• Chris Heeren

      Good Question Steve! I don’t actually calculate the DSCR directly myself, however in my Property Calculator I do factor in the following items:
      1 month vacancy
      Principle & Interest on Mortgage
      Property Taxes
      Insurance
      Property Management
      Gas & Electric if tenant doesn’t pay
      Water & Sewer if tenant doesn’t pay
      Regular Maintenance Visits, Permits, Lawn/Snow Removal, Turnover Cleaning, Lease Signings
      CAP EX (For this I break down an entire schedule of items, prorate their costs and then calculate what I need to set aside for each month, If you only go off of using a percentage, it won’t be enough when you buy properties on the cheaper end of the spectrum)

      After your question I decided I’m going to have to build a DSCR into my calculator to see what my values come out to. The ones I mentioned in the show were directly from what my bank provided which I believe are a little less conservative (and also the only ones that matter when getting a loan). I do know they were using Property Tax, Insurance, Property Management, Vacancy and Maintenance, just not sure on the exact percentages. I tend to be over conservative on a lot of my numbers as I plan to hold these long term – and a lot of things can go wrong over the long term.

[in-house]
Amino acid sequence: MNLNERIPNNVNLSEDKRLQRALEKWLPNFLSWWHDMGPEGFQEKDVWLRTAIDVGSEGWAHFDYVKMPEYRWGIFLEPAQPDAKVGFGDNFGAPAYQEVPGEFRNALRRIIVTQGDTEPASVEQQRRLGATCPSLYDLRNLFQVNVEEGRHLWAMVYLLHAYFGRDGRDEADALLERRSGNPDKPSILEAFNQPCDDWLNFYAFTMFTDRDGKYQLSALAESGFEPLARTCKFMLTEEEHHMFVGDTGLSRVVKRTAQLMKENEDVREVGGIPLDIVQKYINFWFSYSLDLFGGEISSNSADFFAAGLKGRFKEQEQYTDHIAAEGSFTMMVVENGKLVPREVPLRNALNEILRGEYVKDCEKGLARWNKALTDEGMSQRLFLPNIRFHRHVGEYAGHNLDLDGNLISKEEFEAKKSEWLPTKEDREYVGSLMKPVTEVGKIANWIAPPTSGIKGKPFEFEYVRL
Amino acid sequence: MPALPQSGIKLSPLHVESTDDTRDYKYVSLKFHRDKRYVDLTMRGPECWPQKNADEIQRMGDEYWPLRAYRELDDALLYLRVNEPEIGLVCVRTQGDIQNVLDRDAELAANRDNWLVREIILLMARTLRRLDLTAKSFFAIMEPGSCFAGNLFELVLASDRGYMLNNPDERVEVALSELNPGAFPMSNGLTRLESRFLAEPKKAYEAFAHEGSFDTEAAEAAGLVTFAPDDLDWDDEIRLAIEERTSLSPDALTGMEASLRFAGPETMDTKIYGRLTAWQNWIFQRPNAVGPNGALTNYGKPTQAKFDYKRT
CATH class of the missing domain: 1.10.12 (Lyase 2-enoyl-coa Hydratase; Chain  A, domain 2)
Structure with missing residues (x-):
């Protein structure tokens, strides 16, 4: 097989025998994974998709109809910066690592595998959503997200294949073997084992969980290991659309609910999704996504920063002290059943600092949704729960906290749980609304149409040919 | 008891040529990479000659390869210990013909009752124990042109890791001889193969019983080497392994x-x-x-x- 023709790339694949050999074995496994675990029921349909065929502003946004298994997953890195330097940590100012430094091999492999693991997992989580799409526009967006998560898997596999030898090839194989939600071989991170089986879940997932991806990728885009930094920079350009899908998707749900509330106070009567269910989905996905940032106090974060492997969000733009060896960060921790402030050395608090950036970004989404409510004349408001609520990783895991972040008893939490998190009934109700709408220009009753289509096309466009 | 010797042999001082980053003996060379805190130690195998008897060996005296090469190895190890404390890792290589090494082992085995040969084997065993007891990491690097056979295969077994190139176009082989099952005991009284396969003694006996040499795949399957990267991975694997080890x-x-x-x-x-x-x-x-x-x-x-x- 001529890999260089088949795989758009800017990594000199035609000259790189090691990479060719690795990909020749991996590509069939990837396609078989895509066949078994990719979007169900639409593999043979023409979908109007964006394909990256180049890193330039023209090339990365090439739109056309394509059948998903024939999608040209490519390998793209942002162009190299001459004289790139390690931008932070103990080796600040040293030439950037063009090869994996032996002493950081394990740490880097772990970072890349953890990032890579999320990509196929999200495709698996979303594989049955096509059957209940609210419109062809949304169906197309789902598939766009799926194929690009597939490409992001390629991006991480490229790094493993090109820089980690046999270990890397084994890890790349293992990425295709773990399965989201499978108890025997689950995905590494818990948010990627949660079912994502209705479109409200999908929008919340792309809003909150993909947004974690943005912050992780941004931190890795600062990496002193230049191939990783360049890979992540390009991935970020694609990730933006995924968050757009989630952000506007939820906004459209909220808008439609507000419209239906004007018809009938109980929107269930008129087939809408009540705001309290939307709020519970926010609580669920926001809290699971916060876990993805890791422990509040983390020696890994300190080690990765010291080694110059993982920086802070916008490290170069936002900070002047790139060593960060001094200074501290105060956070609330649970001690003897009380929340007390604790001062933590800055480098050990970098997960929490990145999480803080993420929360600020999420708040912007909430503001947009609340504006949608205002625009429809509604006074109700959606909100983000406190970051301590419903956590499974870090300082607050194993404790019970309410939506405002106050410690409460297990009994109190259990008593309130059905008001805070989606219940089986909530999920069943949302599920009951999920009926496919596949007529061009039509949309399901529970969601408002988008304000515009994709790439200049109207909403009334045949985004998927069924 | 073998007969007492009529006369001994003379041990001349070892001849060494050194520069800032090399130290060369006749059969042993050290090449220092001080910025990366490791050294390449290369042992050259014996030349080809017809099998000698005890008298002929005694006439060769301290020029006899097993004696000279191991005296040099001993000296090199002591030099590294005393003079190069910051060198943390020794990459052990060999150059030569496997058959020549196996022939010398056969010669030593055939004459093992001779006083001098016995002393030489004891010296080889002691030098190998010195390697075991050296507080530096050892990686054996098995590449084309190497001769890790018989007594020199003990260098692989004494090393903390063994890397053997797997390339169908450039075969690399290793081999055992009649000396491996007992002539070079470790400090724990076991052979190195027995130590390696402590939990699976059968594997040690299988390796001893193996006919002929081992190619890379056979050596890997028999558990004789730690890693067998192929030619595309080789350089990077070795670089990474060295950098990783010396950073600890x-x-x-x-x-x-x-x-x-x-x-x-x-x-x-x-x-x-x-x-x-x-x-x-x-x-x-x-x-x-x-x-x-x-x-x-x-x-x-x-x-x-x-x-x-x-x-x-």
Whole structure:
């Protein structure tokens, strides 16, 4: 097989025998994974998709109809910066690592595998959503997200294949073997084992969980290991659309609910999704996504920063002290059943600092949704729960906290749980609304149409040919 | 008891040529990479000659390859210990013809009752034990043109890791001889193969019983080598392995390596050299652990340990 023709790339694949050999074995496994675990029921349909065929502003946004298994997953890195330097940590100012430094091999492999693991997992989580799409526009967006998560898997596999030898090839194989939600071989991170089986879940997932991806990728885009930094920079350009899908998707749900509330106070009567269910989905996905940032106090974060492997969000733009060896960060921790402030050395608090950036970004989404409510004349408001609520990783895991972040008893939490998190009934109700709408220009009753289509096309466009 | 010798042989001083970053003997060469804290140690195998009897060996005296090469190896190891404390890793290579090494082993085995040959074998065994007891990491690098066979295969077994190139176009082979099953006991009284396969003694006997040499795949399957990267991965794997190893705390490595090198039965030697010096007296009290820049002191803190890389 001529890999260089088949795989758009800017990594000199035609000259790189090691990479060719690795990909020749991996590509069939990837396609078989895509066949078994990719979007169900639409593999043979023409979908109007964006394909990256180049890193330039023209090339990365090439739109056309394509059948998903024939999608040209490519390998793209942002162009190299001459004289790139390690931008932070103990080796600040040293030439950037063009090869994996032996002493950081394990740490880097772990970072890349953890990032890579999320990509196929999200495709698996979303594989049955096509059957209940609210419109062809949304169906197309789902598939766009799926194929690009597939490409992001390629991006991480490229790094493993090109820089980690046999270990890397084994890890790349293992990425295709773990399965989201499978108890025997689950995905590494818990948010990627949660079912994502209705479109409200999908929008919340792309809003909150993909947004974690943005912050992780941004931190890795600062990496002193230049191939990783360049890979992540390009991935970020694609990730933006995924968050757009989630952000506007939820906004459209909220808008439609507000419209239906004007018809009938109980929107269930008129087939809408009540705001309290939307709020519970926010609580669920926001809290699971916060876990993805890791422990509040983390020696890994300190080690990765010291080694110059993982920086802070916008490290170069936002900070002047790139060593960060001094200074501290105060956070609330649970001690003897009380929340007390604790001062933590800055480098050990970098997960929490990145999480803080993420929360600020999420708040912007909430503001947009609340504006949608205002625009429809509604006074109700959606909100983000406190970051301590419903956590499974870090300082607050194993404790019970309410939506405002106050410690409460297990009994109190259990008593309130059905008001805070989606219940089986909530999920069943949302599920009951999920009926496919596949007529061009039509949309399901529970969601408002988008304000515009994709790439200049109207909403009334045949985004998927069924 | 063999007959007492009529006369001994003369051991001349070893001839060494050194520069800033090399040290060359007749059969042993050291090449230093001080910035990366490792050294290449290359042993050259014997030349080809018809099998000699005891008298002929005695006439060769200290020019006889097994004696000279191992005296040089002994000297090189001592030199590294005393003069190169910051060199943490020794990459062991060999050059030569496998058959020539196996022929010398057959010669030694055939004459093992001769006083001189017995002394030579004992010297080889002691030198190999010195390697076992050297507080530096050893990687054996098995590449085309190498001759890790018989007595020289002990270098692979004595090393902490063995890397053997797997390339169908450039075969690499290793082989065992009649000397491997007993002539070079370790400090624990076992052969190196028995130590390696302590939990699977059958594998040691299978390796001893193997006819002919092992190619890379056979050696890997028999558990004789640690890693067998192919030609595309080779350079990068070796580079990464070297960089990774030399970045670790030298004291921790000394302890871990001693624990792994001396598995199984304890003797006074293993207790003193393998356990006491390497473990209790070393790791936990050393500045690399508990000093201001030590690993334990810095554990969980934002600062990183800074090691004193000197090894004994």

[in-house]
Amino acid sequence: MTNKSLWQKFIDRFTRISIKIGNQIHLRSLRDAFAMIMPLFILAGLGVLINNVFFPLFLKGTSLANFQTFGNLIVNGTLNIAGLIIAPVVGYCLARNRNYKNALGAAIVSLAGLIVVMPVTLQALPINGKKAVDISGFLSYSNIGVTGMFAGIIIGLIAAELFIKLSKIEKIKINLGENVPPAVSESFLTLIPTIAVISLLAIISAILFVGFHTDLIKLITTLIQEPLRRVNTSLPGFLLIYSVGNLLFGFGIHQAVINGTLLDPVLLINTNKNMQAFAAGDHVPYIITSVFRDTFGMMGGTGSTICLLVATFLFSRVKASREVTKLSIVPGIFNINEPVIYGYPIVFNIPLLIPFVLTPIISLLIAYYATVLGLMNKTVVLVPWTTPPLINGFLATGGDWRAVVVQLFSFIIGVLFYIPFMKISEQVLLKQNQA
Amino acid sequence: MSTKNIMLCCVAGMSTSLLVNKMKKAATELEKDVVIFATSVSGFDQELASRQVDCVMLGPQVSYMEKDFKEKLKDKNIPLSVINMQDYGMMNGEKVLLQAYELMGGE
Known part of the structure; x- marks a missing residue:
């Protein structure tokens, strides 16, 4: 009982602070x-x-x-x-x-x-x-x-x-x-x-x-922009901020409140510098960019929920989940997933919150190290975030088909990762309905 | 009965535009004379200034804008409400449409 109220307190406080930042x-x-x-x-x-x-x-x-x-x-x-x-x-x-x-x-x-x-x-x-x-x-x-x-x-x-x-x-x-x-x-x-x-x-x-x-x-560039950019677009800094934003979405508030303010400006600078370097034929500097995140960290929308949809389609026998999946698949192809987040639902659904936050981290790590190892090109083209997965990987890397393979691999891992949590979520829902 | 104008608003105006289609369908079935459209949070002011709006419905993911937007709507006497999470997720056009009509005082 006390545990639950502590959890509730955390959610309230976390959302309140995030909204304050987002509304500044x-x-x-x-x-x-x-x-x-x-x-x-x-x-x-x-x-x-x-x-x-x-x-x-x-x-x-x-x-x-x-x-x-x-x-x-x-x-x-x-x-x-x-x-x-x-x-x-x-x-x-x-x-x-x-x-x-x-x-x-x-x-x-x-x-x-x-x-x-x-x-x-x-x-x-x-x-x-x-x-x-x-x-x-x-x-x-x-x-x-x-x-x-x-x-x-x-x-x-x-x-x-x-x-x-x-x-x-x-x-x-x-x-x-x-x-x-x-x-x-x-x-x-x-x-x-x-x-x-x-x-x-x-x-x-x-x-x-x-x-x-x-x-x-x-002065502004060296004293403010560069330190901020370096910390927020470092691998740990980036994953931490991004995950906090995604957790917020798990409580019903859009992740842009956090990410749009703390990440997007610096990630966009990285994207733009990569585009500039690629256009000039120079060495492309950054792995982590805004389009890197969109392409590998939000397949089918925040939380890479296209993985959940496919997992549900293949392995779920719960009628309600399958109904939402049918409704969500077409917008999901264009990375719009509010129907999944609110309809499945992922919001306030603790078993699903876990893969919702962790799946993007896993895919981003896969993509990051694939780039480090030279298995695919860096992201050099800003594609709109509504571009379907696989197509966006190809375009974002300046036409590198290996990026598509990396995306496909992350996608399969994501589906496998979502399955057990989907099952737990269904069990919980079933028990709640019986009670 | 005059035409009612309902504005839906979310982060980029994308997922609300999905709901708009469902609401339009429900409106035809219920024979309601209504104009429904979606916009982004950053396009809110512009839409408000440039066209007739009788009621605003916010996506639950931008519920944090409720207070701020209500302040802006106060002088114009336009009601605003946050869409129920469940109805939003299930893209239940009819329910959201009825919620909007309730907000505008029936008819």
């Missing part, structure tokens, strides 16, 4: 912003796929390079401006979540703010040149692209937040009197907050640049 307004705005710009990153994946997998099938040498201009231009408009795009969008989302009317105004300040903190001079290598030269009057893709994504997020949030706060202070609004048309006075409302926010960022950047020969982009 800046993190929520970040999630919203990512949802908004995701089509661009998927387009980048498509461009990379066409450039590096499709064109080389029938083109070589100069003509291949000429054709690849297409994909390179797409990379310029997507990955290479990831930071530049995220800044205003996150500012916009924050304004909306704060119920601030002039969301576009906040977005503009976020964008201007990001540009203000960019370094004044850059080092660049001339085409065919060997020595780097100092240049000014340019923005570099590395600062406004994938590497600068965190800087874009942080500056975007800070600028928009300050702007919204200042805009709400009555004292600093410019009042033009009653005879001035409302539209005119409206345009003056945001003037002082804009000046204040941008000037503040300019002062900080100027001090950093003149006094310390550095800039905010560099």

8. Andrew Buchanan

    This is an amazing Podcast! This is exactly the path I want to go on, and never thought it might be possible to do it in a 3-5 year time span on my available cash. This, combined with the BRRR strategy webinar, I feel extremely motivated. Now just to find my niche and target market!